Document Type

Article

Publication Date

1984

Abstract

Twenty-two pine stands with a variety of site and stand characteristics and management strategies were analyzed using discriminant analysis to determine factors which influence Nantucket pine tip moth infestations. A whole-tree sequential sampling scheme designed to estimate absolute infestation rates (±5%) was used. An 8% infestation rate was used as the dividing line between high and low tip moth infestations. A sequential sampling program was used in the field to estimate populations. Absolute infestation rates (P ± 5%), were obtained through random selection of pines for whole-tree sampling. Four equations were developed which gave 91% correct classification of initial data. The discriminating variables included site preparation intensity, pine height, pine age, site index, soil texture at 61 cm depth, depth of A horizon multiplied by soil texture code, and depth of clay.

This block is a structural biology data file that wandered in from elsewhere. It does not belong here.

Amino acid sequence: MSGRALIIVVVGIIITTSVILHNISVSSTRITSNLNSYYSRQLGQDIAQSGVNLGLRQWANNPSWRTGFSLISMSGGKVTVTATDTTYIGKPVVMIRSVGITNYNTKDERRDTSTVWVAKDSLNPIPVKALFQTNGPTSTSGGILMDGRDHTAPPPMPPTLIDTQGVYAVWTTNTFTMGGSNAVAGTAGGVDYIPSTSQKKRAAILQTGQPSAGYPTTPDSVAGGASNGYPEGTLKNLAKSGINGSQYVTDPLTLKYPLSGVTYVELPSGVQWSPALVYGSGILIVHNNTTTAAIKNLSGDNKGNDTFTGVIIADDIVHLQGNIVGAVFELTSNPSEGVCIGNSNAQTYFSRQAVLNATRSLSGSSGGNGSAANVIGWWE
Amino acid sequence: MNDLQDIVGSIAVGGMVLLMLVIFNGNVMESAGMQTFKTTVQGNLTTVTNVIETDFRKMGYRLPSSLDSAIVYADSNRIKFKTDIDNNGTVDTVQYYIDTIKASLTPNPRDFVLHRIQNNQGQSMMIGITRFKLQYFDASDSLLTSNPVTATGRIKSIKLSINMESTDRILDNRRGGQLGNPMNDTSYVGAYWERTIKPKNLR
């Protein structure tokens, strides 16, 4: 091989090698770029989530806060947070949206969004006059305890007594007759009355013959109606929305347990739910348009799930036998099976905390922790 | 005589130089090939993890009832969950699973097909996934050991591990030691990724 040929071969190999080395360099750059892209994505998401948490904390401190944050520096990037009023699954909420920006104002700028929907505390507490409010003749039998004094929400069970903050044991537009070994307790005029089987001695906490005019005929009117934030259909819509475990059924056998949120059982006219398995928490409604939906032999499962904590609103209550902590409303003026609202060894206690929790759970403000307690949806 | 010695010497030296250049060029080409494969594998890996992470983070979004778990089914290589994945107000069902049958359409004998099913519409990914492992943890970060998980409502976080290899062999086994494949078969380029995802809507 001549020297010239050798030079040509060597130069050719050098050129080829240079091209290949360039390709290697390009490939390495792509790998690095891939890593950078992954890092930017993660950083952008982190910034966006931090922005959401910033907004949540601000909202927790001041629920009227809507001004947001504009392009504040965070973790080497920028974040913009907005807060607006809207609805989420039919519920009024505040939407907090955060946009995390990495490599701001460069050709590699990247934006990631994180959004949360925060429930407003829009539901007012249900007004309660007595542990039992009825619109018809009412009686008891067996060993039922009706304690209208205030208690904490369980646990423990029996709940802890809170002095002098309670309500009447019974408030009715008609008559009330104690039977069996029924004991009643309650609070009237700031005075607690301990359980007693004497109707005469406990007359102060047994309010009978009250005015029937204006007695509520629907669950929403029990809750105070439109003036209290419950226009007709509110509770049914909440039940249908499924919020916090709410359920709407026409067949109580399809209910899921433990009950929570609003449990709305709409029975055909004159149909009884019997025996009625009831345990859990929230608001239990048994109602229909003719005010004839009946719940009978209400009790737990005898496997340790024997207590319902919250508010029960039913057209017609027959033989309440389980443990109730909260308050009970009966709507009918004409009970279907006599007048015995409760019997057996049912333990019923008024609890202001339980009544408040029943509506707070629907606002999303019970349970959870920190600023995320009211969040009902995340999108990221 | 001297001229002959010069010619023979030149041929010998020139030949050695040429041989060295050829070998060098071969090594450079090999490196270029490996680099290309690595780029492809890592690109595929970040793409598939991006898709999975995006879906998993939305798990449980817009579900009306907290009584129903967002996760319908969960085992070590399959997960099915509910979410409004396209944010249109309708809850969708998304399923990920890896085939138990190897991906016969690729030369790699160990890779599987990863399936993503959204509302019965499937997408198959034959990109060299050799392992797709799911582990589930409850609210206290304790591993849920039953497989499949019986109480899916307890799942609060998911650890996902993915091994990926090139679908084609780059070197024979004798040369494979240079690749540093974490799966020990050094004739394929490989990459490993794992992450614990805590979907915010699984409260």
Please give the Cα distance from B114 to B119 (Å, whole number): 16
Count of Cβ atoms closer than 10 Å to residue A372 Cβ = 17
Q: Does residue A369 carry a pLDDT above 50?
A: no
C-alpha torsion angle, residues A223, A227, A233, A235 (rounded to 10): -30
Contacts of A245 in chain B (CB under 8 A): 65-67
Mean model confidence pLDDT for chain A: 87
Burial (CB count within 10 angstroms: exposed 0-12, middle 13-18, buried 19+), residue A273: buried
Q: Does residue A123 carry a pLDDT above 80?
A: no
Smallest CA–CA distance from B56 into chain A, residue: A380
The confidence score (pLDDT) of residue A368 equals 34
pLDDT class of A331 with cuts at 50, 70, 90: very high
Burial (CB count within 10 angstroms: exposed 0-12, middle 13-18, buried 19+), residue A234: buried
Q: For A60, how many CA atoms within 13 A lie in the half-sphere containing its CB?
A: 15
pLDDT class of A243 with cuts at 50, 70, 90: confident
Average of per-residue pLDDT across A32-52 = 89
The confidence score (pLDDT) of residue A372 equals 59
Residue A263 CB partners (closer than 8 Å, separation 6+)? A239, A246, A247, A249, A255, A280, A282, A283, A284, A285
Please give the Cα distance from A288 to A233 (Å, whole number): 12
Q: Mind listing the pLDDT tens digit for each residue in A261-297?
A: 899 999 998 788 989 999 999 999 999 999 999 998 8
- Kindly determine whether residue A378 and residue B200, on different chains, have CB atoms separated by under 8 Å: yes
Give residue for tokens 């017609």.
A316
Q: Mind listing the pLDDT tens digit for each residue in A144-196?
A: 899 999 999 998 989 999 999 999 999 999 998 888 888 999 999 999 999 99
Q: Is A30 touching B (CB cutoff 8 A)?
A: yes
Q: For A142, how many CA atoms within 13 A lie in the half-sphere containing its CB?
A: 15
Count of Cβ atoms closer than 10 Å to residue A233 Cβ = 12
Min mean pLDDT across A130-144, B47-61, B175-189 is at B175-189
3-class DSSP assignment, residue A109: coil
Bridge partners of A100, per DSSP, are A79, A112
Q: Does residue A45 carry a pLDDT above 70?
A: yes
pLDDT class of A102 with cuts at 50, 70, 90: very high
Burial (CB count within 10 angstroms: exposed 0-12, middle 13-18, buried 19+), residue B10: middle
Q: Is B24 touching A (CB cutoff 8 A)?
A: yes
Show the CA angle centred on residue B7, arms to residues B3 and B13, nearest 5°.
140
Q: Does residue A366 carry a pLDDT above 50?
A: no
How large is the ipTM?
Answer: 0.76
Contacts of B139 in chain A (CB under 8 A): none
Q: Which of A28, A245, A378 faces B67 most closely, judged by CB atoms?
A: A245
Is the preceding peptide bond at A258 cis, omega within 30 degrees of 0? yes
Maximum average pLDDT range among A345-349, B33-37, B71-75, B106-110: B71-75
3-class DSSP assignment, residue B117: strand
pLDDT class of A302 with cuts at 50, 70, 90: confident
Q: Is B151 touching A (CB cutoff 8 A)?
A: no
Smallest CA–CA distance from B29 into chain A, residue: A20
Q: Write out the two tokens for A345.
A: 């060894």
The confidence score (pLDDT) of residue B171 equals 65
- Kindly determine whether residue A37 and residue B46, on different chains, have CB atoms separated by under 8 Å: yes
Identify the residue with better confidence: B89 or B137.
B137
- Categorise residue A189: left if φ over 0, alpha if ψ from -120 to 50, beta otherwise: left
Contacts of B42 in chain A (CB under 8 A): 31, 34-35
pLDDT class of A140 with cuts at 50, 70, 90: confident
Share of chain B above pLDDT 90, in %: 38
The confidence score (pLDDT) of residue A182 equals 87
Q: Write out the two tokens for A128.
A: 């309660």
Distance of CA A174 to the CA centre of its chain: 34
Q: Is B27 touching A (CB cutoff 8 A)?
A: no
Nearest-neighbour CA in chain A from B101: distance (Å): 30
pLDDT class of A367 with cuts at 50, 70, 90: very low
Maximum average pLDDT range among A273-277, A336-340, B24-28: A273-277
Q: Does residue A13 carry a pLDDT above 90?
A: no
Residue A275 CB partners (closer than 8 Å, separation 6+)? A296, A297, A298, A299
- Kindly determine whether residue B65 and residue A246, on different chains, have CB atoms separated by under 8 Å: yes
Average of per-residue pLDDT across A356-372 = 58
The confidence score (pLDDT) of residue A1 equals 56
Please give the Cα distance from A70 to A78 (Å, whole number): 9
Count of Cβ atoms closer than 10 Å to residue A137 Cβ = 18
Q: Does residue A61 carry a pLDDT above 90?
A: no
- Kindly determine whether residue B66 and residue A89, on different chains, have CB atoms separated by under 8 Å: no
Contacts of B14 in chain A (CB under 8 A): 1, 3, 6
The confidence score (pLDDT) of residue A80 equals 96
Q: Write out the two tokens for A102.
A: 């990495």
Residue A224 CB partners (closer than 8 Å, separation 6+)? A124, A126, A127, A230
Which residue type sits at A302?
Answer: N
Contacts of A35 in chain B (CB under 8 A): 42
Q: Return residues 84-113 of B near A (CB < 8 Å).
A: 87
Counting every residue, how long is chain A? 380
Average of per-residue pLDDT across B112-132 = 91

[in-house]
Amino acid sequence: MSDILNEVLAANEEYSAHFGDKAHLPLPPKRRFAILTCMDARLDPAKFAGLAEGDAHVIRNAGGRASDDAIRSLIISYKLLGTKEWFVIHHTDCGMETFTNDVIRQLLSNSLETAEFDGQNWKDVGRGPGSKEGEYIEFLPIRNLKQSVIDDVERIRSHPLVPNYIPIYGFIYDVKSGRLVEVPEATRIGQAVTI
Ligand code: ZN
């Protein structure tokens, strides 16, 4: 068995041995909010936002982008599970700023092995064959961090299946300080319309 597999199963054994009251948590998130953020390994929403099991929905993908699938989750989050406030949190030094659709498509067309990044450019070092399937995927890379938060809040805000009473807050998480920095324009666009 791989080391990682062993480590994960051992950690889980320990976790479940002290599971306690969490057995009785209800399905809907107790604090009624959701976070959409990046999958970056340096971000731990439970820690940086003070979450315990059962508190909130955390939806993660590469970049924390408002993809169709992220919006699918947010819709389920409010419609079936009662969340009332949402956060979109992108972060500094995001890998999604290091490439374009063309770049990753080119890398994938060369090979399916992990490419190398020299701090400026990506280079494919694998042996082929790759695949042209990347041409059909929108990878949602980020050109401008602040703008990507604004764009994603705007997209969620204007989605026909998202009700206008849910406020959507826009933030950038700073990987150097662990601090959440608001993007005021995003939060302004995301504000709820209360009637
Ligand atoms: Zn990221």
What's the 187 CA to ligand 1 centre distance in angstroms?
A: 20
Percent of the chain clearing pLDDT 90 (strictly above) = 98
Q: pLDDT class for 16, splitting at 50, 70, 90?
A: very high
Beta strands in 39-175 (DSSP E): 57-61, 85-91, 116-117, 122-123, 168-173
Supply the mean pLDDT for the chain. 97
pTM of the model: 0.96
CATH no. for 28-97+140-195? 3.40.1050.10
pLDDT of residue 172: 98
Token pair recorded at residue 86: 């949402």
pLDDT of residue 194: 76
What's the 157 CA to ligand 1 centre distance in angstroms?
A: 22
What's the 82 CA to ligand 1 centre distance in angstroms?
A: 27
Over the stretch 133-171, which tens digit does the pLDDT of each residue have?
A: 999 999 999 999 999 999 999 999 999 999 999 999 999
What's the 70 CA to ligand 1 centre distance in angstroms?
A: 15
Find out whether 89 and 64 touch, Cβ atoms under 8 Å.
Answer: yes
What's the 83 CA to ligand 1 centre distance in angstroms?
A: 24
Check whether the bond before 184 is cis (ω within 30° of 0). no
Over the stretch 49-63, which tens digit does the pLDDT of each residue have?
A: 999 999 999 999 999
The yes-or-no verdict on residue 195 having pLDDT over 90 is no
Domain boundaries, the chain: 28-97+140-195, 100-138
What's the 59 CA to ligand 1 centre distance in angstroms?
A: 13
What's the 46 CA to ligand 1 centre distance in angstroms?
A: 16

Comments

Posted with permission of the Entomological Society of America

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